Overview

Comprehensive Description

Description

Rana saharica is a large frog, with one female from Morocco reported to measure 104.5 mm SVL (Schleich et al. 1996).

The published description for this species from Schleich et al. (1996) actually reflects a mixture of Rana saharica and Rana perezi. Schleich et al. (1996) describes the morphology for R. saharica/ R.perezi as follows: The head is equally as wide as long, with an oval snout and horizontal pupils. The nostrils and upper eyelids are connected by a ridge, which continues behind the eyes, separating the flanks from the back. Males have two vocal sacs, which are protruded through slits just behind either side of the mouth. Hindfeet are webbed, and the digits often have small bulges at the termini. The skin is granular on the posterolateral venter (sides) and the posterior margins of the thighs. Males have thicker arms and nuptial pads on the innermost finger (Schleich et al. 1996).

The description of color and pattern for R. saharica /R. perezi almost certainly reflects a mixture of taxa (Schleich et al. 1996). Thus it is not clear to what extent the pattern and color elements reflect within-taxon variability. Coloration is reported to be green, brown, or mixed; a yellow or green vertebral line may be present or absent; spots may be present or absent, and if present may be random or symmetrical. However, spots (bars) on the limbs are always present (Schleich et al. 1996).

The taxonomic status of Rana saharica and the closely related Rana perezi has been under debate. Mitochondrial data show that Rana saharica and Rana perezi are closely related but genetically distinct, with R. saharica occurring in NW Africa (Morocco, Tunisia, Algeria) and R. perezi on the Iberian peninsula (Harris et al., 2003)[3744]. Within Rana saharica, both allozyme and mitochondrial data indicate that there are two distinct clades: R. s. saharica, from Algeria, and R. s. riodeoroi, from Morocco (Arano et al. 1998; Harris et al. 2003).

  • Arano, B., Llorente, G. A., Montori, A., Buckley, D., and Herrero, P. (1998). ''Diversification in north-west African water frogs: molecular and morphological evidence.'' Herpetological Journal, 8(1), 57-64.
  • Buckley, D., Arano, B., Herrero, P., Llorente, G., and Esteban, M. (1994). ''Moroccan Water Frogs vs. R. perezi: allozyme studies show their differences.'' Zoologica Poloniae, 39(3-4), 377-385.
  • Buckley, D., Arano, B., Herrero, P., and Llorente, G. (1996). ''Population structure of Moroccan Water Frogs: genetic cohesion despite a fragmented distribution.'' Journal of Zoological Systematics and Evolutionary Research, 34(3), 173-179.
  • Esteban, M., Garcia-Paris, M., Buckley, D., and Castanet, J. (1999). ''Bone growth and age in Rana saharica, a water frog living in a desert environment.'' Annales Zoologici Fennici, 36(1), 53-62.
  • Harris, D.J., Batista, V., and Carretero, M.A. (2003). ''Diversity of 12S mitochondrial DNA sequence in Iberian and northwest African water frogs across predicted geographic barriers.'' Herpetozoa, 16, 81-83.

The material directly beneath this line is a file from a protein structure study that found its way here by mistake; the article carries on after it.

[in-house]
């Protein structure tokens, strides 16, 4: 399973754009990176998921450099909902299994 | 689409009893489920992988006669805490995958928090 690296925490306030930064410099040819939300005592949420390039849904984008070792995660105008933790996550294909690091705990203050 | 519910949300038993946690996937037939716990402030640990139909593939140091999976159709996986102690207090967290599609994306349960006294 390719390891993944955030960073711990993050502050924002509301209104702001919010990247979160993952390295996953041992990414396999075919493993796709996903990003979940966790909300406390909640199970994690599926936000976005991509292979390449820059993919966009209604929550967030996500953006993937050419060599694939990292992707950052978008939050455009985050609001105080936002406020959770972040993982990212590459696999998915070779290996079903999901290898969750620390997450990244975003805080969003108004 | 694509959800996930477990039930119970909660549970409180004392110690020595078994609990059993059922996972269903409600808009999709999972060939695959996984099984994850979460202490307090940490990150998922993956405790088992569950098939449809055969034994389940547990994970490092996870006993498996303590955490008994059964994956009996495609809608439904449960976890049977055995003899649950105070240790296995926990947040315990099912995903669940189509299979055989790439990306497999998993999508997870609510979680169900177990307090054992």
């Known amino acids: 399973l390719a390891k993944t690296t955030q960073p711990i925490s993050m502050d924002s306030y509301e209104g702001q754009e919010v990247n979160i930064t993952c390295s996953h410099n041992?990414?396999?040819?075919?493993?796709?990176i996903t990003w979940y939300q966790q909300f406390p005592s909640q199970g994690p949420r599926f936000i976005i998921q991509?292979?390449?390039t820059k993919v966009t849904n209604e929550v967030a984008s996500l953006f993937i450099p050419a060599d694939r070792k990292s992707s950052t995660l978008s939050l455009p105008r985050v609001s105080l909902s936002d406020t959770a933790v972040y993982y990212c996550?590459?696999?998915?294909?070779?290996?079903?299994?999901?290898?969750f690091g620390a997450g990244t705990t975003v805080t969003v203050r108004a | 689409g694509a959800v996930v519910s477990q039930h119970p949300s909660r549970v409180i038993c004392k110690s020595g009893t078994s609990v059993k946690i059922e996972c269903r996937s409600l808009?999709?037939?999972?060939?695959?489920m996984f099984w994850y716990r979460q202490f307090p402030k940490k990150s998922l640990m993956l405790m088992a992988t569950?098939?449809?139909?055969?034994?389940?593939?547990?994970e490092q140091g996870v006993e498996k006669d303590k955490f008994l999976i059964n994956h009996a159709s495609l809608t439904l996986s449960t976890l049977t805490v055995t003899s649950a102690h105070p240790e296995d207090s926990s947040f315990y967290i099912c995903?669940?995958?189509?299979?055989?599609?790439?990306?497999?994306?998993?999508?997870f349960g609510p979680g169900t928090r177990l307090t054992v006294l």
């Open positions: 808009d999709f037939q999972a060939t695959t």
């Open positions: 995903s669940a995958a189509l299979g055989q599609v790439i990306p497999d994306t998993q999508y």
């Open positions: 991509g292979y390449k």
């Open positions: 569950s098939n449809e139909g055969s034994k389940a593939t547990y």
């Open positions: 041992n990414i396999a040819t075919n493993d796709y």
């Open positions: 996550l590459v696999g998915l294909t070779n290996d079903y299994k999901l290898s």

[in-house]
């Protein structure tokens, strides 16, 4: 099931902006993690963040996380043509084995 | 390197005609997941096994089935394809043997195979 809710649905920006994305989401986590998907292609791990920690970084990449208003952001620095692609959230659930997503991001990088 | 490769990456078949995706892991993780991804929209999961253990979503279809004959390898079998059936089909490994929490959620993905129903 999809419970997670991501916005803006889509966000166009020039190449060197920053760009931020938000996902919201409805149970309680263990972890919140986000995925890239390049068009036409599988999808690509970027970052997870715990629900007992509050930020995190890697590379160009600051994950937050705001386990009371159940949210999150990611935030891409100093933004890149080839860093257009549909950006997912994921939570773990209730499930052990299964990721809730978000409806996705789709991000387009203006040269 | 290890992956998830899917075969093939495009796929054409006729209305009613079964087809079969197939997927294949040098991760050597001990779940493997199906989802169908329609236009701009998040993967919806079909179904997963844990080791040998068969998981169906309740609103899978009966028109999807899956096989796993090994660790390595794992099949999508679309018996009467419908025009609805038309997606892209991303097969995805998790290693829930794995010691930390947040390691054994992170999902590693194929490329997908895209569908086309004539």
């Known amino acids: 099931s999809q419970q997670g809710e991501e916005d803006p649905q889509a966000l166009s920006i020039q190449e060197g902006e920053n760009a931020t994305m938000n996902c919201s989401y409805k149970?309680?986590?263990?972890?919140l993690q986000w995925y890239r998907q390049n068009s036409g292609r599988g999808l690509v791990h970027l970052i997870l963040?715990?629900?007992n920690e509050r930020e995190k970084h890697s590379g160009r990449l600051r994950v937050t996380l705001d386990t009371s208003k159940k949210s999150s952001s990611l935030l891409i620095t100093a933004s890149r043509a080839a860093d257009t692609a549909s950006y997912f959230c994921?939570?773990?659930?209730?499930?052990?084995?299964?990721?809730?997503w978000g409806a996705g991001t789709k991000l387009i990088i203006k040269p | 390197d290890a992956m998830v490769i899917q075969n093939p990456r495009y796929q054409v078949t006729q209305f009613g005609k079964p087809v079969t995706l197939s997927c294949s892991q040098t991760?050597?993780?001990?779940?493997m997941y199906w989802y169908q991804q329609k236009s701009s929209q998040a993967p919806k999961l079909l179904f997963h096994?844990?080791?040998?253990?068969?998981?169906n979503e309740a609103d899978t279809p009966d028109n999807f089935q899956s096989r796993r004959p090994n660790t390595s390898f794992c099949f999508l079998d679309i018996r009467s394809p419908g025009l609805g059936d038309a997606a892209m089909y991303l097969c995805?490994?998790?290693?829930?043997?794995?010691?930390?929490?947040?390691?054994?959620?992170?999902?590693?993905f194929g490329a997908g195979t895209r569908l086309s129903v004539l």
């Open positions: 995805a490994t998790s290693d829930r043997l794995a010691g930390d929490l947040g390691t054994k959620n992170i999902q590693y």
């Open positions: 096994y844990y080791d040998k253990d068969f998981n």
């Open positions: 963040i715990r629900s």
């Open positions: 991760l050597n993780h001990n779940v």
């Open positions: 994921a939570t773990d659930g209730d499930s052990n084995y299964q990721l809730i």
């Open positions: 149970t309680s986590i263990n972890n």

• IUCN, Conservation International, and NatureServe. 2006. Global Amphibian Assessment. www.globalamphibians.org. Accessed on 08 April 2007.
  • Schleich, H. H., Kastle, W., and Kabisch, K. (1996). Amphibians and Reptiles of North Africa. Koeltz Scientific Publishers, Koenigstein.
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Description

A medium-sized frog; the largest examined specimen from Egypt has SVL of 60 mm. Snout obtusely pointed; back with two rather indistinct, longitudinal, dorso-lateral ridges; hind limbs long, with extensive webbing between digits. Males with paired vocal sacs in slits running from corner of the mouth to the base of the forelimb. Dorsum greenish, with a few rather large, round, darkish spots; limbs with a few indistinct dark bands. Ventral sides whitish. Call characteristics: average pulse groups/call = 9.83; average pulses/pulse group = 8.26; average call duration = 547.78 ms.

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Distribution

Range Description

This species is widely distributed (but with fragmented populations due to patchy available habitat) from northwestern Western Sahara, through Morocco, Ceuta and Melilla (Spain), Algeria (south to the Hoggar Massif), Tunisia, northern Libyan Arab Jamahiriya and northwestern Egypt (Siwa Oasis only). It has been introduced in Gran Canaria, Spain. The species has an altitudinal range of sea level to 2,670m asl.
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Distribution and Habitat

Rana saharica occurs in North Africa, in Morocco, Tunisia, and Algeria (Schleich et al. 1996). It has also been reported to occur in Egypt, although it appears to be uncommon there (IUCN 2006). R. saharica is distributed from around the Mediterranean Sea down to the northern edge of the Sahara desert. This frog is ecologically versatile, making use of habitats ranging from alpine to pre-desert (Esteban et al. 1999). It lives in the vicinity of water bodies, both natural and manmade, ranging from lakes, ponds and puddles to flowing streams and rivers, and will tolerate polluted waters (Schleich et al. 1996). Within arid areas, it makes use of manmade water bodies such as irrigation ditches or reservoirs (Schleich et al. 1996).